Searching for a bottom once more

Lots of buzz this morning about yesterday's breach of the Dow Jones Index closing below its previous November 20 low. Futures are signalling, at least so far, further declines this morning. The S&P 500 is the more significant index in our work and so far it has not had a monthly close through the November low, neither has the TSX. They may well do it though. Meanwhile gold is this morning poised to re-challenge its 2008 peak. We will deal with the evidence as it presents. The art of risk management is to have a method for limiting the downside, and a plan for responding to various scenarios. Panic is not a method. Neither is stubborn insistence on our own hope or predictions.
As I noted earlier this week, the news is unanimously dark, and sentiment is very bleak. Sentiment is bleak because so few people were mentally or financially prepared for this prolonged downturn. Those that are properly prepared have little to no debt, relatively modest living expenses, no margin or levered investments and savings amassed mostly in cash and high quality bonds. Businesses that are prepared have already taken steps to downsize costs and control spending. People that are not prepared are being driven to desperate measures every day just trying to survive and keep a roof over their head. This is not a happy thing to watch; but one of these days things will stop dropping and the long, slow recovery will commence. We can look forward to that day. In the meantime, practical steps and self-control are keys.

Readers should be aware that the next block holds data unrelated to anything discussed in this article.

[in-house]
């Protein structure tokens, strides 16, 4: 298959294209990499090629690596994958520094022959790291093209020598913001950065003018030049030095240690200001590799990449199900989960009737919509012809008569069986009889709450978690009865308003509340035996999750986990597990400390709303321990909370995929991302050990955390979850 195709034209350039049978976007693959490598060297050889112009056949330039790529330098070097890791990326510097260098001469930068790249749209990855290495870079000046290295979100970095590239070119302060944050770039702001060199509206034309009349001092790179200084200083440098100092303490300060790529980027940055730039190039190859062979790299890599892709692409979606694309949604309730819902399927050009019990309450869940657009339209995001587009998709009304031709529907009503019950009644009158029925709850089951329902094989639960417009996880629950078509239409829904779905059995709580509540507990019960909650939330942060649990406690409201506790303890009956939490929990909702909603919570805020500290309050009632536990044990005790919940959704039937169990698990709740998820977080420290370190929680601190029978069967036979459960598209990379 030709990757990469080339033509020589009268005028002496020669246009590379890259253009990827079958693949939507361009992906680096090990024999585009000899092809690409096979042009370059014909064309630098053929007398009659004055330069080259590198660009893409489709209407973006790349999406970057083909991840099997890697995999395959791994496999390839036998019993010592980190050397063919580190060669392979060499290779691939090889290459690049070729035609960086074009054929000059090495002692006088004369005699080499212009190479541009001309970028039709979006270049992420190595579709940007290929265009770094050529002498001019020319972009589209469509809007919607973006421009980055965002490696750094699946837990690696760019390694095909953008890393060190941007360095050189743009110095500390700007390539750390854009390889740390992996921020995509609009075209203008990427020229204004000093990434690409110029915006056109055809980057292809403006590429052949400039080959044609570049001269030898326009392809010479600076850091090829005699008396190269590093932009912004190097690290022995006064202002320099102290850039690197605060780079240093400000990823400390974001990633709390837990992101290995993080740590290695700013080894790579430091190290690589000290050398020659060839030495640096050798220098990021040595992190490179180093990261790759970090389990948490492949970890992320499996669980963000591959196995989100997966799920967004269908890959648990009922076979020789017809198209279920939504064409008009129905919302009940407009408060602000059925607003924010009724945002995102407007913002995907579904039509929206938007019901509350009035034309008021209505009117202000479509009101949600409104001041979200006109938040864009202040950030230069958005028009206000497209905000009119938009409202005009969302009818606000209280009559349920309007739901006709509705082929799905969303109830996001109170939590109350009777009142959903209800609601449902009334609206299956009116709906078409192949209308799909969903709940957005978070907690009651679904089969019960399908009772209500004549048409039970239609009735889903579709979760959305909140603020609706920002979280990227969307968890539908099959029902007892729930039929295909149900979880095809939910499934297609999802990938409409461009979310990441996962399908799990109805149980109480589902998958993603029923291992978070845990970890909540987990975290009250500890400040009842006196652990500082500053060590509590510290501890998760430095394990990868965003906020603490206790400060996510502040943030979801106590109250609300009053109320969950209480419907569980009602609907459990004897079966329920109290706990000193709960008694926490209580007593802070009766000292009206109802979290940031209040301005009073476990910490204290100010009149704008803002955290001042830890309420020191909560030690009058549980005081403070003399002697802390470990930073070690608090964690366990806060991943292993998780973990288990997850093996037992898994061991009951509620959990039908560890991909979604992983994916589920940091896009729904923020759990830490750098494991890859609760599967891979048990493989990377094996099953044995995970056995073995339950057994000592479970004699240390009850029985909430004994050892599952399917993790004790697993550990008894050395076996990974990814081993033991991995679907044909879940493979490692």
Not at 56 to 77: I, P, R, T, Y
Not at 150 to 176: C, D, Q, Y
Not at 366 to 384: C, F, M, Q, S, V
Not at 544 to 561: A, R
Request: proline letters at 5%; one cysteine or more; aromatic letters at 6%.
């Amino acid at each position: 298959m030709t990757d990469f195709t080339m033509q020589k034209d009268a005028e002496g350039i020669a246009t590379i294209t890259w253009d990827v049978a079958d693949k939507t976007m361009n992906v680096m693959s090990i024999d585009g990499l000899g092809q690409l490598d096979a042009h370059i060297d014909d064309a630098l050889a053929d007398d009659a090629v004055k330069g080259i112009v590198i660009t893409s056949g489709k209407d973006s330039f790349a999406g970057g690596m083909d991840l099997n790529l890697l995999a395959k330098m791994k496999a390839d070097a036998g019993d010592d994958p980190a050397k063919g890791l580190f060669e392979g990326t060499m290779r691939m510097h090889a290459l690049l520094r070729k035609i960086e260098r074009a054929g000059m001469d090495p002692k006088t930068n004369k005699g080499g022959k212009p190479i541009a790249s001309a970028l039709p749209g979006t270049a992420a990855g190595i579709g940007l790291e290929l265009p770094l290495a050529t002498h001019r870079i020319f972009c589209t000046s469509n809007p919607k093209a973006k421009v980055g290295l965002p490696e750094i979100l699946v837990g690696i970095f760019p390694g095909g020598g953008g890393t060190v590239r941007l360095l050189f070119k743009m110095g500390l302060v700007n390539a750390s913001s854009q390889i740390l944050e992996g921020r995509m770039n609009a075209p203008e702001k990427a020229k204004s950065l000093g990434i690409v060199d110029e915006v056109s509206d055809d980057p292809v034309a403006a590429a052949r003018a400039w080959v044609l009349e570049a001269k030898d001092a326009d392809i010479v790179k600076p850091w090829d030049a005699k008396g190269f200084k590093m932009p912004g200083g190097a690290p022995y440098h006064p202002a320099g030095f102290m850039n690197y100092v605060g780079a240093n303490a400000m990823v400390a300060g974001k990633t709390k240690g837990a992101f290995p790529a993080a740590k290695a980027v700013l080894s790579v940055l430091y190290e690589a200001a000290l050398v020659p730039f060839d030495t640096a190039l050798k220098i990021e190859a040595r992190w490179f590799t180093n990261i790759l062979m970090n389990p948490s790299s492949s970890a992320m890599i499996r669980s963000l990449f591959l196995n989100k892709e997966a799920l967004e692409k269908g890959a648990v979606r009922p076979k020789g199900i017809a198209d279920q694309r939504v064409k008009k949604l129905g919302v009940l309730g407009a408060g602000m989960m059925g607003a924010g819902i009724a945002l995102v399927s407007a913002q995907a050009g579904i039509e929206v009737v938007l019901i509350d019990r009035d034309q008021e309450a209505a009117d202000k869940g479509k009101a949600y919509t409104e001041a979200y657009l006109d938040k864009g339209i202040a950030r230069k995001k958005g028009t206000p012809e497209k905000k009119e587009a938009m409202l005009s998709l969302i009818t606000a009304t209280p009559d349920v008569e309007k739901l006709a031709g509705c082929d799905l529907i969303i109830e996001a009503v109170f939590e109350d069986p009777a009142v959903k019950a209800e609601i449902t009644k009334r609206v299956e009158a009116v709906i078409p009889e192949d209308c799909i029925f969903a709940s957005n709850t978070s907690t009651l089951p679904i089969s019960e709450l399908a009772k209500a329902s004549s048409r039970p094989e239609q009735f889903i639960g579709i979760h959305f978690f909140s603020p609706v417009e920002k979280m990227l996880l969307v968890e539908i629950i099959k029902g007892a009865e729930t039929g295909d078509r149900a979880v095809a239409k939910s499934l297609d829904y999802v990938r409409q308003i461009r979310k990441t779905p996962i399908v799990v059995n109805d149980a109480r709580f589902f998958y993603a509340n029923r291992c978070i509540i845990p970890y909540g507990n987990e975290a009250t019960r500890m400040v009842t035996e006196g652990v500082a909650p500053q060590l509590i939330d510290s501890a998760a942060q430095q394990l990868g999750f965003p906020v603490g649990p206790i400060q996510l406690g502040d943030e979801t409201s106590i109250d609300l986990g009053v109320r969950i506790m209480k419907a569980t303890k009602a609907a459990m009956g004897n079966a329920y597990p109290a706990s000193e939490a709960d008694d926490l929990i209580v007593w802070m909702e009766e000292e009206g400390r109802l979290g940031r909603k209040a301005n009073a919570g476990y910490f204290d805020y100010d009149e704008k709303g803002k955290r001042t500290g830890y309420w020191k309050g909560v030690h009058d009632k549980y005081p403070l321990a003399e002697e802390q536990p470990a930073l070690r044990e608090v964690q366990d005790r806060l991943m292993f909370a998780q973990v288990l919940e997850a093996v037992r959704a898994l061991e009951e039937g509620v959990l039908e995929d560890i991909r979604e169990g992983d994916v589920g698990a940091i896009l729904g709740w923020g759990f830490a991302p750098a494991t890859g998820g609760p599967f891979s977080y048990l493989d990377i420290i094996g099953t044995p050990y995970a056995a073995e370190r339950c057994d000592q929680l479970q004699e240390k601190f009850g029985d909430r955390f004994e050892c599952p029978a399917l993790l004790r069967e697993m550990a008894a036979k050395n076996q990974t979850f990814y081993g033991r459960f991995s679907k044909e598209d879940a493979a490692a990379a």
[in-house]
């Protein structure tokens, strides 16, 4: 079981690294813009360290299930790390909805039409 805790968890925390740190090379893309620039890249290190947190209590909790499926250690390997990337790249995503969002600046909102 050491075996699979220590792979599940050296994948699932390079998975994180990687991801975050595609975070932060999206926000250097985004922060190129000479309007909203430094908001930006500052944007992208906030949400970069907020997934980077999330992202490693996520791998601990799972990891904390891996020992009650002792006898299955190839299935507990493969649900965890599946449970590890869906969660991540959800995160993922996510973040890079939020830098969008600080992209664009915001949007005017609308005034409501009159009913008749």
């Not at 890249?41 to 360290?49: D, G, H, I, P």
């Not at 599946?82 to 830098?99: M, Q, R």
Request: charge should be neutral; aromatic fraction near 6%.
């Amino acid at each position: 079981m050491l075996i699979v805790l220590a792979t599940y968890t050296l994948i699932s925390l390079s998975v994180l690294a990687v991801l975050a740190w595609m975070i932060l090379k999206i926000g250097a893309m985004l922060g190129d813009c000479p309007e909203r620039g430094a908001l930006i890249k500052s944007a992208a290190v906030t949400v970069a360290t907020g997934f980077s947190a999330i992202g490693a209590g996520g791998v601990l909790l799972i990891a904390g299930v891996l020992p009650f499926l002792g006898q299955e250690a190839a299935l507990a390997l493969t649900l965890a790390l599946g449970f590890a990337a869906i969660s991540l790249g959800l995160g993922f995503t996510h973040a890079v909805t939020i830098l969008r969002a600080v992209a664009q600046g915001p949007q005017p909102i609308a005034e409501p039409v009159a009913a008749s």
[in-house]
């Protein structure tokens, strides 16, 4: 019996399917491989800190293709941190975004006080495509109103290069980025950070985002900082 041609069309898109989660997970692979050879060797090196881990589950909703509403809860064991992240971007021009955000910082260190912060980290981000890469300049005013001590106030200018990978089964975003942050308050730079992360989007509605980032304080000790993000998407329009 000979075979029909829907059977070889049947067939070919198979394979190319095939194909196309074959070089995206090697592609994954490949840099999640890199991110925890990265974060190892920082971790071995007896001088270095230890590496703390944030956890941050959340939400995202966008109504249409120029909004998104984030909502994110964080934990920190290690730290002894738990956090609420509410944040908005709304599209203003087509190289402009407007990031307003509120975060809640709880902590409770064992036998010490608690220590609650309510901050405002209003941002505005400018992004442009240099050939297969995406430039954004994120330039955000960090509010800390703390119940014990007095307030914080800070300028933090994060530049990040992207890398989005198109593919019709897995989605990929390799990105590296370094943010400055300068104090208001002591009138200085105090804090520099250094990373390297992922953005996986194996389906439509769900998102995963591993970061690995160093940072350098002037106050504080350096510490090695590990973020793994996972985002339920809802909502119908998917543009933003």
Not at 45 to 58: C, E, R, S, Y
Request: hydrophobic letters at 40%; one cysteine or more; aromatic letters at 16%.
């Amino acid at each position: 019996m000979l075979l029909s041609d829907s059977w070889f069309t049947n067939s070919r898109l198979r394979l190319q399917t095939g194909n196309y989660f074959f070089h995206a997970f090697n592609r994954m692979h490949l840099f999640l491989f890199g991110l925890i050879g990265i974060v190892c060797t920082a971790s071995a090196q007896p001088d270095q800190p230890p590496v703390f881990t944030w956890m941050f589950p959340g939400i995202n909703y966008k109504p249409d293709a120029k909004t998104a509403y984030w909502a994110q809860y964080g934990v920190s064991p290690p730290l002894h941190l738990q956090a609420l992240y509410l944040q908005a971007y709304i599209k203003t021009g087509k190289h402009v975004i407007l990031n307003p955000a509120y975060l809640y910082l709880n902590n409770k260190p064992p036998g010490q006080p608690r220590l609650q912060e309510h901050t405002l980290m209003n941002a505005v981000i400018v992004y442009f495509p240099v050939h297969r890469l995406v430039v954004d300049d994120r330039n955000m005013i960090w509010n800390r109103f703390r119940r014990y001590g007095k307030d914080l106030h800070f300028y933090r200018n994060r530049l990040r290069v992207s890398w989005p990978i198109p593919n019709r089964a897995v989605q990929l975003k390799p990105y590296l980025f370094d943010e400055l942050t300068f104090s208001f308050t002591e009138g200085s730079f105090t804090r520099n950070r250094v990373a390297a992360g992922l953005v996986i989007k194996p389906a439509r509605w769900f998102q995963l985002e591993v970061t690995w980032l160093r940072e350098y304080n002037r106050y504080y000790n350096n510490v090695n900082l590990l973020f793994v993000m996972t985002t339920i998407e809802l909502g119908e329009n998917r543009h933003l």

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4 Responses to Searching for a bottom once more

  1. Anonymous says:

    Danielle, thanks so much for regularly sharing your thoughts. Having your perspective makes it easier to have a logical approach to the markets.

  2. Anonymous says:

    Well SAID!!!!

  3. Anonymous says:

    In all the doom, government bonds have done well. Assuming they are not part of a permanent bond ladder and are more discretionary,do you have a sense of when to sell.? i.e.without giving out too much of a proprietary secret, what would be a reasonable sell rule?

  4. Anonymous says:

    Actually I would say that there is always a place for government bonds as a fixed weight in every portfolio. Maybe it is 20-70% of the allocation depending on the personal circumstances. But managing the duration of the bonds can add great value. In other words, when yields are at multi-decade lows, shorter-term bonds are preferable, and when yields are at multi-year highs longer bonds are attractive. We track various bond indices technically to give us assistance as to when to add or shorten bond duration in our portfolios. Right now we are pretty short with a weighted-duration of less than 4 years. Long bonds can lose 20%+ in rising rate cycles. We want to avoid this kind of price drop as much as possible on the “fixed” income side. Also I would suggest that you never buy bonds at a premium, buying them under par is most likely to be rewarding.

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